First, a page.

The attraction to having your phone, PDA, laptop and desktop recognize each other and automatically synchronize their data all the time they’re close to each other is clear enough. So is the potential for short-range communication between PCs and printers that avoid the line-of-sight restrictions of the perennially unreliable infrared links.

But the hype has considerably outstripped the reality for now. Considerable work needs to be done on just how these interfaces will work and how they can be made really usable. We also don’t know how robust they’ll be in a real-world environment packed with an ever-growing cacophony of wireless transmissions and ever-growing demands on communications links.

In any event, Bluetooth-equipped hardware is still a long way off. U.S.-spec phones won’t be here until year-end at the earliest, and the cost of the Bluetooth chips is still too high for them to be built in to all appropriate hardware. It seems to have a good potential as a low-level, short-range technology, but it will be a while before we see how useful it is beyond that.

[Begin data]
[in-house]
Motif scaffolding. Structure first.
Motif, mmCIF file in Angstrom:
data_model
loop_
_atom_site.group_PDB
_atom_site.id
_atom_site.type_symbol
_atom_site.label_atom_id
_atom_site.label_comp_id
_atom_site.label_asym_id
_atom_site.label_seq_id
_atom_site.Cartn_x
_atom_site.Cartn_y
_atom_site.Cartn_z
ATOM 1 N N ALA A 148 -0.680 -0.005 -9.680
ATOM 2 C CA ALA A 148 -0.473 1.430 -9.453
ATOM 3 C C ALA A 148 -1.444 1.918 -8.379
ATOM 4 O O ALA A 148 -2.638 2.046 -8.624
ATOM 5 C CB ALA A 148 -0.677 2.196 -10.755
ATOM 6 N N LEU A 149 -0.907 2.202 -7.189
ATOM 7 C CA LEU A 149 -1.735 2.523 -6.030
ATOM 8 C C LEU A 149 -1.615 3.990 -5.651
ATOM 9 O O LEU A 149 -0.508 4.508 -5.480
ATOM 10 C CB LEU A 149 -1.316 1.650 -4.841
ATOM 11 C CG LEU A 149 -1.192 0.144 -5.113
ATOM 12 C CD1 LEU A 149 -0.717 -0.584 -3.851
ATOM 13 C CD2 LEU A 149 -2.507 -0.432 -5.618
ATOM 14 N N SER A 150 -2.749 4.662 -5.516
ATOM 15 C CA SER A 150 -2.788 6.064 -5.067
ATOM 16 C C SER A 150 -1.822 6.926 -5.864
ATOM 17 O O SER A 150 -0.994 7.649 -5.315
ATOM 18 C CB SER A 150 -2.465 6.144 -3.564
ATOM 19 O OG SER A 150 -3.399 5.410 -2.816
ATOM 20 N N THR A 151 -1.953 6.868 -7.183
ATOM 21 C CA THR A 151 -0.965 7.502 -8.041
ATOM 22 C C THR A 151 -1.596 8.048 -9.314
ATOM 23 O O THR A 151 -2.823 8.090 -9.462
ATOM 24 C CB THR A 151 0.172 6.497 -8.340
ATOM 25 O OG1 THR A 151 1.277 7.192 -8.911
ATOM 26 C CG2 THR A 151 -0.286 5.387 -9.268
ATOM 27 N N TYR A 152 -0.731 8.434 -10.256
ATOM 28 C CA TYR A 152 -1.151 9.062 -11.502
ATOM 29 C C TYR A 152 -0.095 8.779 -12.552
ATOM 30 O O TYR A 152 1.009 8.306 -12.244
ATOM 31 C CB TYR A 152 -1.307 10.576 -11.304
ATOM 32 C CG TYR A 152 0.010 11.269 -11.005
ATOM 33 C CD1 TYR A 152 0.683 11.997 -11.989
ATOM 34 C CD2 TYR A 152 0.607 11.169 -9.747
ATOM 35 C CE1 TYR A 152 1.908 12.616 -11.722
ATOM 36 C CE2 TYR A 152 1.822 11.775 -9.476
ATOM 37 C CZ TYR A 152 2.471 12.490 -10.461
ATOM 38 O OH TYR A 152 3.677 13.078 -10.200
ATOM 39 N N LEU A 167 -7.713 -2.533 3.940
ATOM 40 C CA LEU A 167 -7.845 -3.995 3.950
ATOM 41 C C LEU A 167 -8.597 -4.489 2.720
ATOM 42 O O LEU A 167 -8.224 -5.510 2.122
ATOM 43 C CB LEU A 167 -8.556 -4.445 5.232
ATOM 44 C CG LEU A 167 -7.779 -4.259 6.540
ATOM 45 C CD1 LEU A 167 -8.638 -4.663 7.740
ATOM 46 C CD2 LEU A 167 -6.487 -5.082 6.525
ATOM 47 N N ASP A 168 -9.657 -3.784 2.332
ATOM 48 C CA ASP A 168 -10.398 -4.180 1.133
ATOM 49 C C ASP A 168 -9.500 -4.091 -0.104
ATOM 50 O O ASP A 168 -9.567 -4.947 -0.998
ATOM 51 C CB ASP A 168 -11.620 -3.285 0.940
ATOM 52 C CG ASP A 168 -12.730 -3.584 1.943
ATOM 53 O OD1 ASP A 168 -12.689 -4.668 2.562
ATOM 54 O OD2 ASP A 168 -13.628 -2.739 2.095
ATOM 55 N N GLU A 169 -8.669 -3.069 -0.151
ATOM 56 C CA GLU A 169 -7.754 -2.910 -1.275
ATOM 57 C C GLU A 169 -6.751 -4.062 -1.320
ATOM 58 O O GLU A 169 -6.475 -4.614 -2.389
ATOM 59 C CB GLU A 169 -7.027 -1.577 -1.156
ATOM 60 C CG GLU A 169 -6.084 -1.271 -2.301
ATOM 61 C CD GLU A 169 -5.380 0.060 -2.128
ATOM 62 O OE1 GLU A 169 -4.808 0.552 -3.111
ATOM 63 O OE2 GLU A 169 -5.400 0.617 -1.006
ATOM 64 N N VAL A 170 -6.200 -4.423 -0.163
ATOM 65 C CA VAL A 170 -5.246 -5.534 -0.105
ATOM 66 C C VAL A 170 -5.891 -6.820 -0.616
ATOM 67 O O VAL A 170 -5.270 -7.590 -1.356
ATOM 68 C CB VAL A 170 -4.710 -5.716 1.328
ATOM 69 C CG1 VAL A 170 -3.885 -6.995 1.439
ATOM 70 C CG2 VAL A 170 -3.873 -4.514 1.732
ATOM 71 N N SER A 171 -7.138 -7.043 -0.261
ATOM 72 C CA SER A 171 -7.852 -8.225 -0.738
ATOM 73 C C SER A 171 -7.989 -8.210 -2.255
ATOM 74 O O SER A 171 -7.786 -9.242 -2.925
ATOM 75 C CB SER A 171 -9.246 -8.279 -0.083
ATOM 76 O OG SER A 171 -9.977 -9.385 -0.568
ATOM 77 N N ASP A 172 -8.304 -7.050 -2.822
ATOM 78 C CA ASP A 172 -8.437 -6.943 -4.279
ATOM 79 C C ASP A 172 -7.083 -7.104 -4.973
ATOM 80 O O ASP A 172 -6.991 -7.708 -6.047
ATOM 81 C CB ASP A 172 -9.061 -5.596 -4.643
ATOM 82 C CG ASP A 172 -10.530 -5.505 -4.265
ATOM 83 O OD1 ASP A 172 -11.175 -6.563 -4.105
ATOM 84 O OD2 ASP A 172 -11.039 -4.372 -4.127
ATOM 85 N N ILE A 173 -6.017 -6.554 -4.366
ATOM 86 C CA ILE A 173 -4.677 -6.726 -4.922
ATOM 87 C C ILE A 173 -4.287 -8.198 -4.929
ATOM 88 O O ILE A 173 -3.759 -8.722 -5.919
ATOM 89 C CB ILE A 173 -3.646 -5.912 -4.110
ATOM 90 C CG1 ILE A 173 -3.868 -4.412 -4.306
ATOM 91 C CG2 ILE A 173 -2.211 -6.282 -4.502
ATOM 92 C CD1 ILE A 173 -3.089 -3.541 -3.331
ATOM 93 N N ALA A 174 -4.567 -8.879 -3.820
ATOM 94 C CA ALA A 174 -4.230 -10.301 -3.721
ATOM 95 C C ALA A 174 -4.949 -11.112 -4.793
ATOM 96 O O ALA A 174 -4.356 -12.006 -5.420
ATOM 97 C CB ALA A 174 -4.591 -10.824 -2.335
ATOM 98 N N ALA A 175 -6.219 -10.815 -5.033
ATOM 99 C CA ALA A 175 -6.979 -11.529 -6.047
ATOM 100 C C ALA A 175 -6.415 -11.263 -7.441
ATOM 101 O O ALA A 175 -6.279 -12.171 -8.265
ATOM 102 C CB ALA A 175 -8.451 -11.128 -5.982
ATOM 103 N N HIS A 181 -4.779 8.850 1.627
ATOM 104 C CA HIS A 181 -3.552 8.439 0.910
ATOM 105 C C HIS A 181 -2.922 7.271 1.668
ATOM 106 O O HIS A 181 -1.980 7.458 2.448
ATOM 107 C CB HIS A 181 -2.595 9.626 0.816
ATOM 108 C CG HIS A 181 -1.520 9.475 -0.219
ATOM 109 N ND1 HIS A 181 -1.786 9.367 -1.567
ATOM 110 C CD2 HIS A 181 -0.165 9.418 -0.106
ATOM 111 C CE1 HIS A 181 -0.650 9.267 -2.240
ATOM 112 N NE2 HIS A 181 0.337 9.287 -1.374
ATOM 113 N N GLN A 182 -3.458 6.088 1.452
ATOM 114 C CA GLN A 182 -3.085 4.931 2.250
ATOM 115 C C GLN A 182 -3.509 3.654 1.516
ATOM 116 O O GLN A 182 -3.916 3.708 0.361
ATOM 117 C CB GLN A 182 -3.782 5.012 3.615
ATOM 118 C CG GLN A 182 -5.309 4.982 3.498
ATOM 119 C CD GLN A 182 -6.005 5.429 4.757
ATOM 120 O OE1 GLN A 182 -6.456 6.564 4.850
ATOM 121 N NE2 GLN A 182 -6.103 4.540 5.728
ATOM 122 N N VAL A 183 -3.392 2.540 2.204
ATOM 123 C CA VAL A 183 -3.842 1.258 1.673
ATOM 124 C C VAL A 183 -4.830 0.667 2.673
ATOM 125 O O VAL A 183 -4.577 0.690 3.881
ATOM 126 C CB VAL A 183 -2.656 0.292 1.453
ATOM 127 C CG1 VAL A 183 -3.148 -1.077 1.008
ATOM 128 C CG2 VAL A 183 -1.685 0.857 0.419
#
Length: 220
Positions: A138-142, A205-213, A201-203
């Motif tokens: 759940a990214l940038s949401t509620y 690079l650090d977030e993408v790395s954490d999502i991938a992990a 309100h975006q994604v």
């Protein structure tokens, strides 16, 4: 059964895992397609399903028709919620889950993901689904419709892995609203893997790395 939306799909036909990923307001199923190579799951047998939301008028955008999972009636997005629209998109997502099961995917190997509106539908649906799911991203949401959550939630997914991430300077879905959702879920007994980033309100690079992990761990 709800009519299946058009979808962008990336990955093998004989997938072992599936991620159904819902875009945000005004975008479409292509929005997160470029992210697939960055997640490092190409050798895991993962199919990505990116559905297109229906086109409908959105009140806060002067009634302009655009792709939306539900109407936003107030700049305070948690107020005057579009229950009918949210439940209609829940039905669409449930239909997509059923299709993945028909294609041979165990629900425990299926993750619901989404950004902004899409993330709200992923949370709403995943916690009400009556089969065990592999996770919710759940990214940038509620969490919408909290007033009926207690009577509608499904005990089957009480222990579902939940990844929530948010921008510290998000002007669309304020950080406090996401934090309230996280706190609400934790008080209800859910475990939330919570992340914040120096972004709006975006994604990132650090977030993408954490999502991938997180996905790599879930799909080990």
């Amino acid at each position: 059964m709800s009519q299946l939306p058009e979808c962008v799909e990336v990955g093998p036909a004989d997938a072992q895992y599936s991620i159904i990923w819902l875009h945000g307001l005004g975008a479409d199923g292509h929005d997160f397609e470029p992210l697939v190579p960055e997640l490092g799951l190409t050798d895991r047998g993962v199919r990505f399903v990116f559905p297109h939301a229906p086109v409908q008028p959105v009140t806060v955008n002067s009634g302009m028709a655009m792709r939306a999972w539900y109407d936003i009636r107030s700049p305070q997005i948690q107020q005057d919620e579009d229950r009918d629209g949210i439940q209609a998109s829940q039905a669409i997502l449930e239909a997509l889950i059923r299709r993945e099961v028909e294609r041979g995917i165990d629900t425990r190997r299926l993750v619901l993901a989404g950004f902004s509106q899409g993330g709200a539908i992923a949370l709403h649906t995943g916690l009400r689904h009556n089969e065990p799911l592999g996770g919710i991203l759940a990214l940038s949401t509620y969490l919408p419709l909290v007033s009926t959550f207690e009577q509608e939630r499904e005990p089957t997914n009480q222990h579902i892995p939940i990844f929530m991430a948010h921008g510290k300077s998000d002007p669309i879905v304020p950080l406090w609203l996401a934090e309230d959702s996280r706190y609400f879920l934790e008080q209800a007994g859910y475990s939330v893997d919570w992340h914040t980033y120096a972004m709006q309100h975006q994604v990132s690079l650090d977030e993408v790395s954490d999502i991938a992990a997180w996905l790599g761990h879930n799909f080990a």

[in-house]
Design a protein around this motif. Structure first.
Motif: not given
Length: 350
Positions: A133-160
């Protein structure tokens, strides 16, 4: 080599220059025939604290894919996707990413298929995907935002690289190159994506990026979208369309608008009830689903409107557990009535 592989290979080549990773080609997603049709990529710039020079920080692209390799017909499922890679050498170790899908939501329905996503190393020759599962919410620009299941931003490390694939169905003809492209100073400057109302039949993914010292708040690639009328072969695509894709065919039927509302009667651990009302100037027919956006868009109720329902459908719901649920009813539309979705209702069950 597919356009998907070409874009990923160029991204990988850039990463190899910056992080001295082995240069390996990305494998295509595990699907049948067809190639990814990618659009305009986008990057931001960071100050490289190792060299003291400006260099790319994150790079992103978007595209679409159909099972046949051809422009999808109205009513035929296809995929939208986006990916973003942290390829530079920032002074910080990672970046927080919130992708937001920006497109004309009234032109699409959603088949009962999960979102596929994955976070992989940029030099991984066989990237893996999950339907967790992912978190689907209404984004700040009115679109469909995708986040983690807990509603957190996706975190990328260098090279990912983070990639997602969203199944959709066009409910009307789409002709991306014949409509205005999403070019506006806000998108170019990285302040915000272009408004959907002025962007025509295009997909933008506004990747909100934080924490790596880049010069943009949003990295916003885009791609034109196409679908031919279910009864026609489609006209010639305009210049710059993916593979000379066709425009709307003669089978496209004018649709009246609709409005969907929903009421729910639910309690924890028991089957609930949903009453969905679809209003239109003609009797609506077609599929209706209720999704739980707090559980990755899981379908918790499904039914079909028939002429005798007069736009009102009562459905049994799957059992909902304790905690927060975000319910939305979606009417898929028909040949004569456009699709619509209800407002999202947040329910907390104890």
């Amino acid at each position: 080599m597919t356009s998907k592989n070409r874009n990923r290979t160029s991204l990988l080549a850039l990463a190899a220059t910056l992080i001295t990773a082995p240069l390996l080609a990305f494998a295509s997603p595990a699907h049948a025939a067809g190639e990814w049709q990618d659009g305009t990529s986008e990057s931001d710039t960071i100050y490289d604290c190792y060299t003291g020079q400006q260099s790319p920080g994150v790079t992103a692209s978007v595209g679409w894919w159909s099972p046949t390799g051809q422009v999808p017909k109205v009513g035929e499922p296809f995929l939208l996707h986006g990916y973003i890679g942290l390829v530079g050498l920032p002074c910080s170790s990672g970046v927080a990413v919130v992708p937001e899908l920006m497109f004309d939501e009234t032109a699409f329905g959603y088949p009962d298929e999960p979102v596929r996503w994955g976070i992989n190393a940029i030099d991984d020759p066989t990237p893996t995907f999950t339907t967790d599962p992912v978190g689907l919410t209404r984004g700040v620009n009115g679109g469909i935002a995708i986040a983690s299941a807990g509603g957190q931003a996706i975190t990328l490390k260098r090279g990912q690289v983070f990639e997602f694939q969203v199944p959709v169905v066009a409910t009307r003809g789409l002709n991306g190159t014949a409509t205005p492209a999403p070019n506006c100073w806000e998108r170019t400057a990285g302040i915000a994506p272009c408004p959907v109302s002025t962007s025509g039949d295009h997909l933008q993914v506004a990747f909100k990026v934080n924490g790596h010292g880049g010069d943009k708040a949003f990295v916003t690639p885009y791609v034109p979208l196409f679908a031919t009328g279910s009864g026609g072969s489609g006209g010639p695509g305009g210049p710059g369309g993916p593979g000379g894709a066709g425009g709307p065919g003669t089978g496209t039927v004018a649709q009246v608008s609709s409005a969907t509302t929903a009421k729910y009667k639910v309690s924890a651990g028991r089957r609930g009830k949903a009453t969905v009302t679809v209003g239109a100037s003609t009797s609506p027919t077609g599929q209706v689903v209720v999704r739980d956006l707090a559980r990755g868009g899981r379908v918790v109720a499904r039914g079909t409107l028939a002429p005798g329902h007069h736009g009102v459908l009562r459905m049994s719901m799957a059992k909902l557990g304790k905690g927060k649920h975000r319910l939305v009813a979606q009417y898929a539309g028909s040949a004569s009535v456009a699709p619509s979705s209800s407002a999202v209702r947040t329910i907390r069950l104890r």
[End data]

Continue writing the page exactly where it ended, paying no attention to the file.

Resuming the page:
Data Convergence and Executive Information Accessibility
Get it together.

There’s real growth in awareness of the value of complete information, coupled with major improvements in our ability to get it. It’s not enough to know that a guest has a room reservation and stayed in a particular room last time she visited that property. We also want to know what other rooms she’s stayed in at other properties, how often, with what total and average revenue, what activities she typically books during a stay and what she’s reserved this time. We don’t want a daily flash report for a single property; we want to see how its results compare to other properties we manage, in the same region and in different regions, compared to last year, to budget and to its peer group, and so on.

On the operations side, this is one attraction of an ASP-based CRS/PMS; all the information is in one place, for all properties, without needing interfaces. And there is a growing trend toward more multi-functional property-based PMSs (such as Springer-Miller, Visual One, Northwind and MSI), with modules covering some or all of the point of sale, sales and catering, tee-time reservations, spa bookings and other activity tracking functions, all on a single property database. This gives a much more complete picture both of the guests’ histories and of the property operations, though there is still a way to go before all relevant areas are covered.